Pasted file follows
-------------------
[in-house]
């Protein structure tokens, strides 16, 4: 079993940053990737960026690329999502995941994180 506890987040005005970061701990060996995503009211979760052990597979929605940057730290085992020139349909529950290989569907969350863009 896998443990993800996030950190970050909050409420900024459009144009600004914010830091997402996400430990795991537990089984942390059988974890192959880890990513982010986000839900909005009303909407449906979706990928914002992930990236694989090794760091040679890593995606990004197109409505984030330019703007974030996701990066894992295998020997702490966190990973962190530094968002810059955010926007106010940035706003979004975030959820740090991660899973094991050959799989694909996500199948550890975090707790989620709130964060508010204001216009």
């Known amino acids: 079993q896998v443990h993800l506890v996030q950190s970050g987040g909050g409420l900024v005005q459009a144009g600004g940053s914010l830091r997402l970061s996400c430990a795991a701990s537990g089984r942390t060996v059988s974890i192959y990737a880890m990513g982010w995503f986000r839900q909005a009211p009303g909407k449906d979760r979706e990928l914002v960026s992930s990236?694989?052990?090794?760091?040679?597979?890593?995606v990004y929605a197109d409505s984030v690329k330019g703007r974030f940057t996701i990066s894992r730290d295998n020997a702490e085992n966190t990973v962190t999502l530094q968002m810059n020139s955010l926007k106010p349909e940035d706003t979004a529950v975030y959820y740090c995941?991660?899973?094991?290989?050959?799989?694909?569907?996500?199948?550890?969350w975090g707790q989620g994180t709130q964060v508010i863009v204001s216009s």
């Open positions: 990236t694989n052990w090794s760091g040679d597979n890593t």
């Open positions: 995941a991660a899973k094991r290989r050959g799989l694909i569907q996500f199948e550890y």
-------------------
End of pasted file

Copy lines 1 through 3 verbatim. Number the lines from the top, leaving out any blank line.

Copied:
[in-house]
């Protein structure tokens, strides 16, 4: 079993940053990737960026690329999502995941994180 506890987040005005970061701990060996995503009211979760052990597979929605940057730290085992020139349909529950290989569907969350863009 896998443990993800996030950190970050909050409420900024459009144009600004914010830091997402996400430990795991537990089984942390059988974890192959880890990513982010986000839900909005009303909407449906979706990928914002992930990236694989090794760091040679890593995606990004197109409505984030330019703007974030996701990066894992295998020997702490966190990973962190530094968002810059955010926007106010940035706003979004975030959820740090991660899973094991050959799989694909996500199948550890975090707790989620709130964060508010204001216009």
């Known amino acids: 079993q896998v443990h993800l506890v996030q950190s970050g987040g909050g409420l900024v005005q459009a144009g600004g940053s914010l830091r997402l970061s996400c430990a795991a701990s537990g089984r942390t060996v059988s974890i192959y990737a880890m990513g982010w995503f986000r839900q909005a009211p009303g909407k449906d979760r979706e990928l914002v960026s992930s990236?694989?052990?090794?760091?040679?597979?890593?995606v990004y929605a197109d409505s984030v690329k330019g703007r974030f940057t996701i990066s894992r730290d295998n020997a702490e085992n966190t990973v962190t999502l530094q968002m810059n020139s955010l926007k106010p349909e940035d706003t979004a529950v975030y959820y740090c995941?991660?899973?094991?290989?050959?799989?694909?569907?996500?199948?550890?969350w975090g707790q989620g994180t709130q964060v508010i863009v204001s216009s």